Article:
Brock School of Business Students Win Honorable Mention in International Social Entrepreneurship Competition


  TCU Competiton

Standing (left to right) Drew Fahrion, Daniel Denning, Ben Goolsby
Seated (left to right) Madison Kerns and Olivia Dunn

Birmingham, Ala. – Students from Samford University’s Brock School of Business won Fourth Place (Honorable Mention) and $2500 prize, in an international social entrepreneurship competition sponsored by Texas Christian University’s (TCU) Neeley School of Business, April 11, 12 and 13.  Teams from 28 universities around the world competed in TCU’s annual Richards Barrentine Ventures and Values Business Plan Competition in Fort Worth, Texas.

“We are obviously delighted that our students competed so well within this international field,” said Jeremy Thornton, Samford associate professor of economics. “We have worked hard to develop our social entrepreneurship program to one that trains our students to start and lead organizations that help fix some of the world’s most challenging social problems.  Being invited to and doing so well in this competition provides evidence that we are succeeding in this goal.  The Brock School was the only team from Alabama and one of only four from the Southeast in this year’s competition.”

Daniel Denning, Olivia Dunn, Drew Fahrion, Ben Goolsby and Madison Kerns wrote a business plan for Work of Worth (WoW) under the supervision of Thornton, who also is social entrepreneurship program coordinator at the Brock School.  Their business plan provided a road map for the organization and details about how to employ women in northeast India to recycle silk saris into thread, and spin it into luxury silk yarn.  This skill would give jobs to women in rural villages as well as provide them with a living wage on which to live and survive.  This program would help prevent the women from moving to cities where statistics show many would have to become prostitutes in order to survive.  After building an operation in India, the company plans to expand to Rwanda, Uganda and Ukraine, where its managers have relationships with local entrepreneurs that would help the companies get started.

Denning, a senior at the Brock School from Marietta, Ga., summed up his experience saying,  “ I'm am very excited to be involved in making Work of Worth a reality. At this competition, we had the opportunity to present our business plan to CEOs from across the country and prove ourselves as capable of running a business that makes a social impact. I came to Samford wanting to learn how to use business to help those in need around the world. Now I’m graduating with a team of people, who are ready to use this business to do that.”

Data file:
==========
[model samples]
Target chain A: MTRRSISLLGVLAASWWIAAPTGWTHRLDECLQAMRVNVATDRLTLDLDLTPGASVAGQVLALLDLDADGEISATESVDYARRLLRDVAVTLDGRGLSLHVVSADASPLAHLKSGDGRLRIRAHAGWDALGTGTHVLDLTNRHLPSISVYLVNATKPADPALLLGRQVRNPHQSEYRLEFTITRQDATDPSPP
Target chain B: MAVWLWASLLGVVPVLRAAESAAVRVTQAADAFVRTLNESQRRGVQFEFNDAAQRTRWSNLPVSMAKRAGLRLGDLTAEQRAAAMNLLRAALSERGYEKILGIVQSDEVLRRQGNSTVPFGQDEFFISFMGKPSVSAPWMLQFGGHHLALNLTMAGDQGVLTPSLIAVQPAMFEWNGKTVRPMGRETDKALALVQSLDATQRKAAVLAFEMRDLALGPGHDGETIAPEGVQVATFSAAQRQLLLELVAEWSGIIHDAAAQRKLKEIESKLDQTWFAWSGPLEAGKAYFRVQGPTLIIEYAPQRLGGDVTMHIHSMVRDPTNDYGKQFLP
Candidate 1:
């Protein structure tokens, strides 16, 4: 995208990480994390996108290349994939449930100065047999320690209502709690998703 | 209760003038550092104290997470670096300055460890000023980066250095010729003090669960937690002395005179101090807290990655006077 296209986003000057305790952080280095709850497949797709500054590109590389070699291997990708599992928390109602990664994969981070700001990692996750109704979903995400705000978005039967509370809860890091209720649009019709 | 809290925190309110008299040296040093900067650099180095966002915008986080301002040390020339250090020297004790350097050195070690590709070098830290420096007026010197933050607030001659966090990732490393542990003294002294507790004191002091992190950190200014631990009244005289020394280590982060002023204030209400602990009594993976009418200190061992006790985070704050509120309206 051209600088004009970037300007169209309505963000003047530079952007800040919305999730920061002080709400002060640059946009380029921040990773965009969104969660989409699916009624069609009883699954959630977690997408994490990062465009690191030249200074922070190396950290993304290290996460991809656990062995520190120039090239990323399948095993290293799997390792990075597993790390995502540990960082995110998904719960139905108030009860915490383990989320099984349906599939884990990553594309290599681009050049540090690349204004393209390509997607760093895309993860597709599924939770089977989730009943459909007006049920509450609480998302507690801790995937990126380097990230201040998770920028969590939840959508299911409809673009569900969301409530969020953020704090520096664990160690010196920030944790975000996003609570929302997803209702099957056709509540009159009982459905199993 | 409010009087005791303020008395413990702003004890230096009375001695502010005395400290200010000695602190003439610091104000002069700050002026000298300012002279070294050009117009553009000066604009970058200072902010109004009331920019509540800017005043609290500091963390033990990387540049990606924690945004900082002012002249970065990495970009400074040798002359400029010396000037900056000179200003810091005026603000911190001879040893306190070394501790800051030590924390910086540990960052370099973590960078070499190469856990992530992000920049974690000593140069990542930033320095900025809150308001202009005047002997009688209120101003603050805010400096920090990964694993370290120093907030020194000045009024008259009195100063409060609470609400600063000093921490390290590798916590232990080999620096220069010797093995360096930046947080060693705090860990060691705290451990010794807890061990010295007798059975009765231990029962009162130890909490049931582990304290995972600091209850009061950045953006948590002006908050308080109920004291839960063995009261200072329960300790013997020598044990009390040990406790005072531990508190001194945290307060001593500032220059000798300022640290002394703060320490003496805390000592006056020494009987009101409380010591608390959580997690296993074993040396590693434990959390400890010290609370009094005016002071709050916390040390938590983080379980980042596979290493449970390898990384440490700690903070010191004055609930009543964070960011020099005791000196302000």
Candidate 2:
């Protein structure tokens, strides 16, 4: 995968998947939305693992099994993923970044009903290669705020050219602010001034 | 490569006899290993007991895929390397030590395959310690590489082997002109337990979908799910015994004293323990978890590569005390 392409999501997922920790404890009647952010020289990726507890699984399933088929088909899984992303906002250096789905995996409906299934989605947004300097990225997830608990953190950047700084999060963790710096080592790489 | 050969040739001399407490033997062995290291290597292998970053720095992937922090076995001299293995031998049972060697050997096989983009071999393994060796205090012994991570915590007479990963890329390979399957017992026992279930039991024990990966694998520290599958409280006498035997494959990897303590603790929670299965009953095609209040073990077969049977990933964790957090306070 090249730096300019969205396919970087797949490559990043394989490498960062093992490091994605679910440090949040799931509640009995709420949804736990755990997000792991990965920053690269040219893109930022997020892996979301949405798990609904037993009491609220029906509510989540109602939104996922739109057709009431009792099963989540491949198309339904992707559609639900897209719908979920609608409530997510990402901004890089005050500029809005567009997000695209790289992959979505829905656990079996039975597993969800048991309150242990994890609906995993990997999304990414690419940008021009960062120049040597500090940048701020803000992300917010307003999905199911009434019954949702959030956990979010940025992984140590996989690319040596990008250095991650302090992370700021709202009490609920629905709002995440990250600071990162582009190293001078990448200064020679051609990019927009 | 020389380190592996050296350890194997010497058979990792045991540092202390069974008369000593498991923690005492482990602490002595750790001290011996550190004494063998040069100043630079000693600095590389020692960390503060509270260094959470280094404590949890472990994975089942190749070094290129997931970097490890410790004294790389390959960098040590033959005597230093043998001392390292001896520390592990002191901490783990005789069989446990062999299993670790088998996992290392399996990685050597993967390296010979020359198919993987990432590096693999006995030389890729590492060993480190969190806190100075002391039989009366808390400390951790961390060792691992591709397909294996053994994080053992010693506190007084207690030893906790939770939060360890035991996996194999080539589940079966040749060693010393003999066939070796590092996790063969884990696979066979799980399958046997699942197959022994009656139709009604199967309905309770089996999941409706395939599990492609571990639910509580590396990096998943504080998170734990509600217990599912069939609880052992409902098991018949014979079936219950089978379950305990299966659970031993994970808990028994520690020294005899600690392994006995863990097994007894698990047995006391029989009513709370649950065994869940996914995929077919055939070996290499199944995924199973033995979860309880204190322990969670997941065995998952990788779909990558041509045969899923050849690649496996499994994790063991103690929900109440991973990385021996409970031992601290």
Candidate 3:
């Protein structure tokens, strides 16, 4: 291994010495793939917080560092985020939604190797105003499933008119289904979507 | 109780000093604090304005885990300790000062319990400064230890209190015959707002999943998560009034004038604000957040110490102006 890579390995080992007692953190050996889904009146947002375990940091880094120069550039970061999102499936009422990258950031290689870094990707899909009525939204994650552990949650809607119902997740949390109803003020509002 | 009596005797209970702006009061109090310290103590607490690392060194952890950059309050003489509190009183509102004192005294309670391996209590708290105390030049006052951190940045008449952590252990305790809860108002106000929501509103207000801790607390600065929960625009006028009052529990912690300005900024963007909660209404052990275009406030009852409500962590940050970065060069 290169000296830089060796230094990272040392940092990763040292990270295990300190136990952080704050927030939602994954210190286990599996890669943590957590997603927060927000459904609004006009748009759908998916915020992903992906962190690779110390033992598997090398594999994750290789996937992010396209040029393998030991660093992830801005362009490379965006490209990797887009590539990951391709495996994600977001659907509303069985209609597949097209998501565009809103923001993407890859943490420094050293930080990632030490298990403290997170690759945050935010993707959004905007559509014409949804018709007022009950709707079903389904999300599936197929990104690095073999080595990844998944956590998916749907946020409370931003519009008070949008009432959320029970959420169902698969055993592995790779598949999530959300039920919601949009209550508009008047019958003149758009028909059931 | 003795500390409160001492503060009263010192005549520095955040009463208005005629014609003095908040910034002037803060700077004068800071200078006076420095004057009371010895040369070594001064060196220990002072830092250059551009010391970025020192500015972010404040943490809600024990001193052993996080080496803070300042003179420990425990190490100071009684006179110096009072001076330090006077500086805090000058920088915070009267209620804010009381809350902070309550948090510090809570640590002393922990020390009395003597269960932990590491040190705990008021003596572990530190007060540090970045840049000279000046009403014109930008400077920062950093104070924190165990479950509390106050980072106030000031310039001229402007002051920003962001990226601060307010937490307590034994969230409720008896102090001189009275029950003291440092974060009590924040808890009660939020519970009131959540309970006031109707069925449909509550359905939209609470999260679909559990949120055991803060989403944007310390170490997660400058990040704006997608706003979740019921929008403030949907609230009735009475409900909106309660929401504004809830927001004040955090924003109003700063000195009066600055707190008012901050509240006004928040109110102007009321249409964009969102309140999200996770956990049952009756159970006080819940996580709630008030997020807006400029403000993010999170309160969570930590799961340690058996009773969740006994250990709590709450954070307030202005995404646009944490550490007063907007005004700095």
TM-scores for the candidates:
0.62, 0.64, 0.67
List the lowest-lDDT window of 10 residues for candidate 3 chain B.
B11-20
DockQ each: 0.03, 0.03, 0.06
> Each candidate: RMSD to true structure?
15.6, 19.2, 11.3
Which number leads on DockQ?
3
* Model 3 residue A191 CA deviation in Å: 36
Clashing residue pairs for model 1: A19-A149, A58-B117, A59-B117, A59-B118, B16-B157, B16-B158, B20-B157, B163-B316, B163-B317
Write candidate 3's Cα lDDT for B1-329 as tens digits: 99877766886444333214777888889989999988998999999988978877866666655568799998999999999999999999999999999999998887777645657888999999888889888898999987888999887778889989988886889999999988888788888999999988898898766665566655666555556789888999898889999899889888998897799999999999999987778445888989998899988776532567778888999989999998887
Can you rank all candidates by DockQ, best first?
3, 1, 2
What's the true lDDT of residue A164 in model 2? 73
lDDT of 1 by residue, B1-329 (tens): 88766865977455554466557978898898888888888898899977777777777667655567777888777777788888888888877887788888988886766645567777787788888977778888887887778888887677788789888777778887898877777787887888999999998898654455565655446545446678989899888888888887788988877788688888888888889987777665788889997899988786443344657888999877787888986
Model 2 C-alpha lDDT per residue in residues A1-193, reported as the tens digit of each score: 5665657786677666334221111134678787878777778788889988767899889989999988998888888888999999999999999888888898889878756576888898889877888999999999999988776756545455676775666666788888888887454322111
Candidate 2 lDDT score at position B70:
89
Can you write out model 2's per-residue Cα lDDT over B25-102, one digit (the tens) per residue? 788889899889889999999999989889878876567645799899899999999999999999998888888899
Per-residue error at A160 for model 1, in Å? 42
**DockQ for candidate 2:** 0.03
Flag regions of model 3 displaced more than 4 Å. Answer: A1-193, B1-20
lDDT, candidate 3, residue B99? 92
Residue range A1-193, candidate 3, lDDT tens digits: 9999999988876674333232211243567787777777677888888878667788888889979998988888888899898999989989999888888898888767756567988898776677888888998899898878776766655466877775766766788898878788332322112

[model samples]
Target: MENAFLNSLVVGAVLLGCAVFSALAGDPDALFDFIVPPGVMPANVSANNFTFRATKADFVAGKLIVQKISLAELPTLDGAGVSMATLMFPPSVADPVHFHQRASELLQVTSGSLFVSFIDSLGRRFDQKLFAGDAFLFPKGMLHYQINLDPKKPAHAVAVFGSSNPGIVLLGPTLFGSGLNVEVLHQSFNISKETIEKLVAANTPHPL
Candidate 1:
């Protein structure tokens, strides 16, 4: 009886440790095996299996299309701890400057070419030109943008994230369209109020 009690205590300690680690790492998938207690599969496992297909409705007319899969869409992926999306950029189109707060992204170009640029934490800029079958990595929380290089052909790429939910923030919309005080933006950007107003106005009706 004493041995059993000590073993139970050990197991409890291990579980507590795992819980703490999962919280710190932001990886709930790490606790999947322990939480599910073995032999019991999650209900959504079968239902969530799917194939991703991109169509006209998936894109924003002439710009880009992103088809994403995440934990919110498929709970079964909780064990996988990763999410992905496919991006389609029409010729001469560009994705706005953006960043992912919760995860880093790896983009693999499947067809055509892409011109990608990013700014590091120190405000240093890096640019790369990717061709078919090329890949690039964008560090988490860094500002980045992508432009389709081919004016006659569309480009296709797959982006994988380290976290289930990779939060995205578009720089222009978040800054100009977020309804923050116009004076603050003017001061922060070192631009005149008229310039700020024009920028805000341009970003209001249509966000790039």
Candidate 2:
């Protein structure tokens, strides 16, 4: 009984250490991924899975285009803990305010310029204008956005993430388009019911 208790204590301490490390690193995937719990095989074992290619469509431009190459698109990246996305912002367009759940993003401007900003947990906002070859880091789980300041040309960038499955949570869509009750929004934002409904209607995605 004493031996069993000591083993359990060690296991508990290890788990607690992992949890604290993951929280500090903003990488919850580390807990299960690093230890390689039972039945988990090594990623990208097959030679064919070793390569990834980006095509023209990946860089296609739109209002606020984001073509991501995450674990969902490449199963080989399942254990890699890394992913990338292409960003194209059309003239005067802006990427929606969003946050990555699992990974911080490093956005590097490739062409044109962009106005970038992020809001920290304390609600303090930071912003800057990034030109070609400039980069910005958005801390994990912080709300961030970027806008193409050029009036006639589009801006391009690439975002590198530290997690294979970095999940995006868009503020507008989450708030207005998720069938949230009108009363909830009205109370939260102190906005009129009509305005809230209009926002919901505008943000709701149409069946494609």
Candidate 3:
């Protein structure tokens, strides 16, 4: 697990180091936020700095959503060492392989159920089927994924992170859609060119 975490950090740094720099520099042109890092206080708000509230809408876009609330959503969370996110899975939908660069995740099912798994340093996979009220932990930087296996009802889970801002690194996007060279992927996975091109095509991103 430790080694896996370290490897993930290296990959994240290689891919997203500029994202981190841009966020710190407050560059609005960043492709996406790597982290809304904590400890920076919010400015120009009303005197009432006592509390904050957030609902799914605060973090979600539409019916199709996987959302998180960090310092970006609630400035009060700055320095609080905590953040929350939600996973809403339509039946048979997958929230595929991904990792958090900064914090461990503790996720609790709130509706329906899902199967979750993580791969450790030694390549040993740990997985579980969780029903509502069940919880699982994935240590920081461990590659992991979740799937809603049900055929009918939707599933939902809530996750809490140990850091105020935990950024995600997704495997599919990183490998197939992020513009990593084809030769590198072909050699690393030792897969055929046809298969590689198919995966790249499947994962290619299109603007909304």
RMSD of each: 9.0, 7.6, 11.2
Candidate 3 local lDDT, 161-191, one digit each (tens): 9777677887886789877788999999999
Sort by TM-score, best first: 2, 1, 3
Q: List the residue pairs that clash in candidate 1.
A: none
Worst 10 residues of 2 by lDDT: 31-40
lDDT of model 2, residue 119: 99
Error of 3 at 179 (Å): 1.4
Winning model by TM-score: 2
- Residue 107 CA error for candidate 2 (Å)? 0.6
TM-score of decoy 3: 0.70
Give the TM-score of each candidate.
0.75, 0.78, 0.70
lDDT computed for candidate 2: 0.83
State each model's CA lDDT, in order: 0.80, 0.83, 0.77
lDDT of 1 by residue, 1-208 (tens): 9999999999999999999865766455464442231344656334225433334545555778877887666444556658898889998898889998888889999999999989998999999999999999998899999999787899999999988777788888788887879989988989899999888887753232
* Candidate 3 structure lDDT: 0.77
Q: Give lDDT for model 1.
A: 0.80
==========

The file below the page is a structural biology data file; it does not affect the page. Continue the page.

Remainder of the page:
The Brock School students placed first in their division, which also included Belmont University, Regis University, St. Mary’s University and Erasmus University (Netherlands).  Winners from each division and two highest ranked second place teams then competed in the finals.  Other finalists included the University of Arkansas, University of Houston, Monterrey Institute of Technology (Mexico), TCU, Appalachian State University and George Washington University.
“The students did an incredible job developing and presenting the business plan,” said Barry Morehead, founder of Work of Worth, who attended the competition.  “They developed innovative ideas for the business and a detailed plan to help guide its development.  Watching the Brock School students and those from the other universities present their business ideas in this competition inspires hope that our college students are developing the skills to make the world a better place.”
About the Brock School of Business at Samford University:

U.S. News & World Report ranks Samford 3rd among regional universities in the South, and the university is widely acknowledged as a leader in liberal arts and professional school education.  Samford University’s Brock School of Business has a long history of achievements in business education. The university has offered degrees in business and commerce since 1922. In 1965, the School of Business was established to offer both bachelors and masters degrees in business. It was formally named the Brock School in 2007 for Birmingham banker and Samford trustee Harry B. Brock Jr., reflecting his long career in business and his commitment to high quality business and entrepreneurship education. The Brock School of Business holds AACSB Accreditation, the benchmark of quality worldwide and the most widely sought after standard of excellence by U.S. business schools.  Learn more at